Artificial Intelligence Risks in the Health Care Sector

4 minutes to read
Luna-Anastasia Riedel

Artificial Intelligence (AI) refers to innovations in systems or machines that show human-like intelligence. Until now it has been used for different tasks in sectors like health care, finance, education or commerce, and it gets further developed every day to be able to help humankind even more in the future. AI is being used more frequently nowadays, especially in health care, which is why it is important to discuss the ethical issue that could arise with its further development and usage in the future.

Imagine a scenario where an AI helps out doctors with the diagnosis of patients to lessen their work in the office - as they often are overcrowded and waiting times are long. This would work through telling the robot the symptoms one has, and it being connected to the databank of the doctor’s office to be able to have access to all data needed: it hence acts as an autonomous agent. The robot then diagnoses a patient and either sends them home with medication or to the doctor if needed or wanted. This scenario is connected to a world situation like the current pandemics, in which a new virus occurs, but the mentioned robot wrongly diagnoses it as the flu or cold due to the identical symptoms, and the new virus ends up not being registered in the medical databank.

In this assignment, I will analyse this imagined issue through a philosophical debate about the Responsibility Gap.

The problem of Artificial Intelligence's wrong diagnosis

The responsibility gap is described by Matthias (2004) as the occurrence of the event happening when an AI shows faulty behaviour, but nobody can be completely held responsible for it. In the described scenario the AI acted wrongly due to a new virus occurring which is not registered in any databank yet, meaning there would have been no way that the robot could have diagnosed the new virus as what it really is. Now, imagining the virus is deadly and contagious, who will be held responsible if the patient infects others or even dies because they trusted the AI and did not to the doctor?

To be held accountable for the matter, one must be at least causally responsible for it. That is, one must be part of the chain of events that led to that outcome. But, having causal responsibility does not itself make one accountable. For instance, if an individual has a disease in which their arm moves independently of their will, then they can hardly be held accountable when their autonomous arm hits someone. To be held accountable for that act, they should also be considered to have control over it. Only then can they be said to be morally responsible for an outcome, and so accountable for it. In other words, to be held accountable for an outcome, an individual should be causally and morally responsible for it.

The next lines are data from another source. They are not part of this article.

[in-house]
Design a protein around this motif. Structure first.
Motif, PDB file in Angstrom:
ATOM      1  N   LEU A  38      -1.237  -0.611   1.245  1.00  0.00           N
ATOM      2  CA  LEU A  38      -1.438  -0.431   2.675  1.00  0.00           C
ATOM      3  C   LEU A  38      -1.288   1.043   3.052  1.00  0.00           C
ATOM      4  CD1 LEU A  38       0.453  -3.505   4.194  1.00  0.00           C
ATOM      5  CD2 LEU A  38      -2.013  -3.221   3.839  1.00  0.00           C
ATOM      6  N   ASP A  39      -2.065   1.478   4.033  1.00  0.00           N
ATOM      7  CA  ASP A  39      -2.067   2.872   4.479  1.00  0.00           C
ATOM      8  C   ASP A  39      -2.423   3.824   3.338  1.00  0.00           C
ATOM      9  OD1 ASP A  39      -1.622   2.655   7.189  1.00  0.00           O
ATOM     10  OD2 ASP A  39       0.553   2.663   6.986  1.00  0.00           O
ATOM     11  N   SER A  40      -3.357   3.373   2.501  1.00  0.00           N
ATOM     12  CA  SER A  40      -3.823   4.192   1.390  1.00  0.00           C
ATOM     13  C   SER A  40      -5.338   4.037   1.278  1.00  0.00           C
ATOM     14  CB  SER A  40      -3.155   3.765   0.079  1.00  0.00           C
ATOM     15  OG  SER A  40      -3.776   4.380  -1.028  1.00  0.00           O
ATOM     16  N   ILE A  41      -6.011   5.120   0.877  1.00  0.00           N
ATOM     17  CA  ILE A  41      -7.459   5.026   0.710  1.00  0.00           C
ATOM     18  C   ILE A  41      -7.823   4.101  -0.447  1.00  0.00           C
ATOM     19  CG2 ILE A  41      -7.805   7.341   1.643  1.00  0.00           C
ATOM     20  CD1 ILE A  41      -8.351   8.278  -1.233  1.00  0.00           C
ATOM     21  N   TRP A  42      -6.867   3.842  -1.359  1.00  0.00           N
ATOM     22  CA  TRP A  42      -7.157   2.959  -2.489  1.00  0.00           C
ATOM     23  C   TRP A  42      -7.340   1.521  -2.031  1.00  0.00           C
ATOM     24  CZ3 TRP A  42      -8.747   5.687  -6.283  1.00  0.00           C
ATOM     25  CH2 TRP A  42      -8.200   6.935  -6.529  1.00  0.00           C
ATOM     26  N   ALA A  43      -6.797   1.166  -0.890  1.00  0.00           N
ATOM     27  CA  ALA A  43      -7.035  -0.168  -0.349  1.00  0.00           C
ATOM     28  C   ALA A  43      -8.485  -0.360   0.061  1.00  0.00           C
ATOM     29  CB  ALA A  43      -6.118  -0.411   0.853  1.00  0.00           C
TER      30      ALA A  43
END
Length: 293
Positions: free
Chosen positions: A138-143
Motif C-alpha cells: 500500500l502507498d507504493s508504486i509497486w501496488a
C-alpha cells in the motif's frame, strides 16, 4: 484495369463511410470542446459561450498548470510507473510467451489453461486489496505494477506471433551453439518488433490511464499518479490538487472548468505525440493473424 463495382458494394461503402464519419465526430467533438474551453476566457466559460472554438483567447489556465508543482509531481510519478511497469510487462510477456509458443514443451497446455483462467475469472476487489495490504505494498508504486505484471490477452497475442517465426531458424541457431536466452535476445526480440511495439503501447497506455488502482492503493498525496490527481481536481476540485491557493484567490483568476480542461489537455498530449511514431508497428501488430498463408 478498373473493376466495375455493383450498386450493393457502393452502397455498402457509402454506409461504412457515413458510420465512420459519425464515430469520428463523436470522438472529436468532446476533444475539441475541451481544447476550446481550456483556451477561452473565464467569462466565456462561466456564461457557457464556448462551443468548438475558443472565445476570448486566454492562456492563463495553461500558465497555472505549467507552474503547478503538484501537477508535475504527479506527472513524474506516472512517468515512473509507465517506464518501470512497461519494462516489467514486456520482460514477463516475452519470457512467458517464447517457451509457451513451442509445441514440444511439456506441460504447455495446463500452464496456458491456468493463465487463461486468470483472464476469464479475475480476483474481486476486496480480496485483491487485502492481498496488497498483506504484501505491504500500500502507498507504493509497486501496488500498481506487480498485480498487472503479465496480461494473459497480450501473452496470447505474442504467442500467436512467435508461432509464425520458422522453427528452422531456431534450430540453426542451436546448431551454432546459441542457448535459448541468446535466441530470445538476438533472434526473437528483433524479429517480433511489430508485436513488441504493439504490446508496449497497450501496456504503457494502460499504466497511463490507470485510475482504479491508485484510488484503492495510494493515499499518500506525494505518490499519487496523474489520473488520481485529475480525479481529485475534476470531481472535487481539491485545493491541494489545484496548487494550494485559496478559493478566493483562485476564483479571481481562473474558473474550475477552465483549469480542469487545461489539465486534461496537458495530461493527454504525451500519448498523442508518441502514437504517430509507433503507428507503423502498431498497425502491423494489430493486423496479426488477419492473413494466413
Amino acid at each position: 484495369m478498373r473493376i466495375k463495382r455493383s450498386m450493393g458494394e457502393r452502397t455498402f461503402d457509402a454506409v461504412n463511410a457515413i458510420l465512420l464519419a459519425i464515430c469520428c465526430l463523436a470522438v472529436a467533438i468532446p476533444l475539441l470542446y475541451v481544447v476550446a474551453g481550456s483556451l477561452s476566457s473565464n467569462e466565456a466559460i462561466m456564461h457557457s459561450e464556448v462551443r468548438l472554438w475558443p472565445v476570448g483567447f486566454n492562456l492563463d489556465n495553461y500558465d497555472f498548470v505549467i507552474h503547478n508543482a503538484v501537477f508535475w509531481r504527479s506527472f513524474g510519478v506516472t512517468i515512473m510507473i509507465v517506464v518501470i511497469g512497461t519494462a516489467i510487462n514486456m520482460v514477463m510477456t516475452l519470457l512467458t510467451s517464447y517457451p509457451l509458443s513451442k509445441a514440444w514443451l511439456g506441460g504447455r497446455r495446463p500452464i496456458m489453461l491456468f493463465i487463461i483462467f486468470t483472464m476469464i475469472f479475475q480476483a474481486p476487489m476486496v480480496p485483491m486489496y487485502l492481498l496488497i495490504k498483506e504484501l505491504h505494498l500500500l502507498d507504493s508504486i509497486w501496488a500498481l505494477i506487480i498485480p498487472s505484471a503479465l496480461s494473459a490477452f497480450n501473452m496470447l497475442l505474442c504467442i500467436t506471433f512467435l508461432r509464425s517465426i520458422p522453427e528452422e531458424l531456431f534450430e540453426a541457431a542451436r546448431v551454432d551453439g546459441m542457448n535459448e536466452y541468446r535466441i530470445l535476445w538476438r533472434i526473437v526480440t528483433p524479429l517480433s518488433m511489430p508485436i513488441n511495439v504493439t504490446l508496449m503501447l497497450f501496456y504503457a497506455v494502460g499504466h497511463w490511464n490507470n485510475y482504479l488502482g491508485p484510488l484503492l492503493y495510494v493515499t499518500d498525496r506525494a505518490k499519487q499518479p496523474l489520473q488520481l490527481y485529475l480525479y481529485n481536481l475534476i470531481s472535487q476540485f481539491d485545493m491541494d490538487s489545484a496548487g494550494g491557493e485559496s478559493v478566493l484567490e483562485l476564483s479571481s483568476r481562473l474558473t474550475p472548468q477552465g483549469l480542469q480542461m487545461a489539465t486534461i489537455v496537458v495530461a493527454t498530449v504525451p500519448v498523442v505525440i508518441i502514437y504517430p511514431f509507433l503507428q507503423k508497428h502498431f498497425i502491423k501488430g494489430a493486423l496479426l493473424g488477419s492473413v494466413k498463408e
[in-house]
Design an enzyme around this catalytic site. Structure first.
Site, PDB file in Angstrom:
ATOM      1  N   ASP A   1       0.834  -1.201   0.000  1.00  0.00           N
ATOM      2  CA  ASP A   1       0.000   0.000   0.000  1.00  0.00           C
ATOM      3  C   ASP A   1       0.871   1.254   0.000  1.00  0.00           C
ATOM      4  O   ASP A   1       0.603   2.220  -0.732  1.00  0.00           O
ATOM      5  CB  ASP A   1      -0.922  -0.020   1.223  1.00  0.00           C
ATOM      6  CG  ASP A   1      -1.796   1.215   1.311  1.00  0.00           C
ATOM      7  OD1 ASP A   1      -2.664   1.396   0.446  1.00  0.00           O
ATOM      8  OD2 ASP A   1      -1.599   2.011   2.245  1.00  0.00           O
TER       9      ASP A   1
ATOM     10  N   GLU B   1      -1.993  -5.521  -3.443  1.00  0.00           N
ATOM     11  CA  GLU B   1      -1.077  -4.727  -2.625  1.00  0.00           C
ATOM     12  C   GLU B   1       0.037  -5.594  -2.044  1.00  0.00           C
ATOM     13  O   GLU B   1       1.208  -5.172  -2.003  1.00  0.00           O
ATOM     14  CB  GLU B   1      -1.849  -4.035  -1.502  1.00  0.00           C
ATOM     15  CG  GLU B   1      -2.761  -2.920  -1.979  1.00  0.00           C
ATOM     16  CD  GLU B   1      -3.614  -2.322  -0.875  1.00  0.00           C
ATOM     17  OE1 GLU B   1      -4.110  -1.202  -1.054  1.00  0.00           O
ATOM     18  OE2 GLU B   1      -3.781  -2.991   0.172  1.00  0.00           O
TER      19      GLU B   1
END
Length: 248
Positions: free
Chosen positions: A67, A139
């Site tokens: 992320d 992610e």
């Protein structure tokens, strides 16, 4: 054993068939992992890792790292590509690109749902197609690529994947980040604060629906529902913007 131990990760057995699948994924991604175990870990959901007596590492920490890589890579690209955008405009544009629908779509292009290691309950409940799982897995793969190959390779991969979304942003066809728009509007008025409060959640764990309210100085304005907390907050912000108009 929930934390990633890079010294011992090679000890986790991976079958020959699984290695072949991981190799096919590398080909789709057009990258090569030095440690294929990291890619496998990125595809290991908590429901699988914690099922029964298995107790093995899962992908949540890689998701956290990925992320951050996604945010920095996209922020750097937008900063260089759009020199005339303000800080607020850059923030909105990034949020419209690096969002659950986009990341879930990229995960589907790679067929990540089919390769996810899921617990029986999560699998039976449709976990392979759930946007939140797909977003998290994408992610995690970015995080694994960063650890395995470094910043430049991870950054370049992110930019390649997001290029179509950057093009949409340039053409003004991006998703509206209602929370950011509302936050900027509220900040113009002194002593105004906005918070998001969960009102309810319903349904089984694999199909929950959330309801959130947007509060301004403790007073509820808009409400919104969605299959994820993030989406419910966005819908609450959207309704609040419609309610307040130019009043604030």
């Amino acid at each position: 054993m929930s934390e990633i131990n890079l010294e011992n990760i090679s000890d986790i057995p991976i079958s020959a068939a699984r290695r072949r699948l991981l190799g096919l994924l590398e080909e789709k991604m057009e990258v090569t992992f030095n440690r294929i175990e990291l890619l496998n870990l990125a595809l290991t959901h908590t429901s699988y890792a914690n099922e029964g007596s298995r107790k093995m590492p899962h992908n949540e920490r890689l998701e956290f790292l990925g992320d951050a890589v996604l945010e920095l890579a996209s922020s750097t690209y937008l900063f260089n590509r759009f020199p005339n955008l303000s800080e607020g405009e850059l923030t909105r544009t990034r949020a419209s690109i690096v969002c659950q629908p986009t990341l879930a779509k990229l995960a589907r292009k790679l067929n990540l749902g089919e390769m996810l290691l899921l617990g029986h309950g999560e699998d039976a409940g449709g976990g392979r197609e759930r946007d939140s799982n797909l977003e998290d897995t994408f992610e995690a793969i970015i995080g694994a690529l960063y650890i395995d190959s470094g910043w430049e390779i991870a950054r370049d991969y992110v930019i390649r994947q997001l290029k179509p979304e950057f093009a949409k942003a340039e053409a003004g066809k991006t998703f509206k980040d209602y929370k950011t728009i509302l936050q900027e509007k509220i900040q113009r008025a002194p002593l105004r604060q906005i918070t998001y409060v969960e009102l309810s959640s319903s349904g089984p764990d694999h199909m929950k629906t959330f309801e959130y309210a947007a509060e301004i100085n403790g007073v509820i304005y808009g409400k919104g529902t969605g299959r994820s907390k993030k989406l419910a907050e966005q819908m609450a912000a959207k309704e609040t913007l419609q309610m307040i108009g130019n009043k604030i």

To be held accountable for an outcome, an individual should be causally and morally responsible for it

The engineers who worked on the AI, can hence only be held causally responsible as they indeed programmed the AI but can easily argue that they have no responsibility as the occurrence of a new virus and the AI wrongly diagnosing the new virus has nothing to do with the programming as it is out of their reach of control. Furthermore, the AI acts as an autonomous agent meaning they act without human supervision and develop further through its environment over which the engineers also do not have control over (Matthias, 2004). The doctor can also argue with the same statement as well with that the virus is new and they could have not known especially if the symptoms are identical to something as simple as the cold or flu. The company selling the AI, in this case, can neither be held morally nor causally responsible as all they do is sell the product; likewise, they are not responsible for the wrong diagnosis of a new occurring virus and its consequences. In general, companies can often be indeed held responsible though due to actively choosing what they sell and knowing the implied consequences that come with it like selling weapons to people during a war. This would mean the company does not kill anyone in the war but they most likely know people will die through their sold products. The patient technically could have still gone to have a chat with the doctor but if the AI is normality in the described scenario - and an everyday occurrence - can they be blamed for trusting the AI? And would the doctor have diagnosed them differently, given that the virus is new and not in their knowledge yet? Lastly, the AI itself can also not be held morally nor causally responsible, simply because they are an artificial intelligence and hence not an actual being which excludes them from being a party that could be held responsible in the first place.

Who is responsible for AI mistakes

The given scenario describes a typical occurrence of a responsibility gap in which it is hard to figure out who is responsible for the mistake an AI does. It also shows that sometimes it is not possible to determine the one who is responsible for occurring situations like this. Sometimes a partial responsibility can be detected but this is not enough to completely hold someone accountable.


Matthias, A. (2004). The responsibility gap: Ascribing responsibility for the actions of learning automata. Ethics and Information Technology, 6(3): 175-183.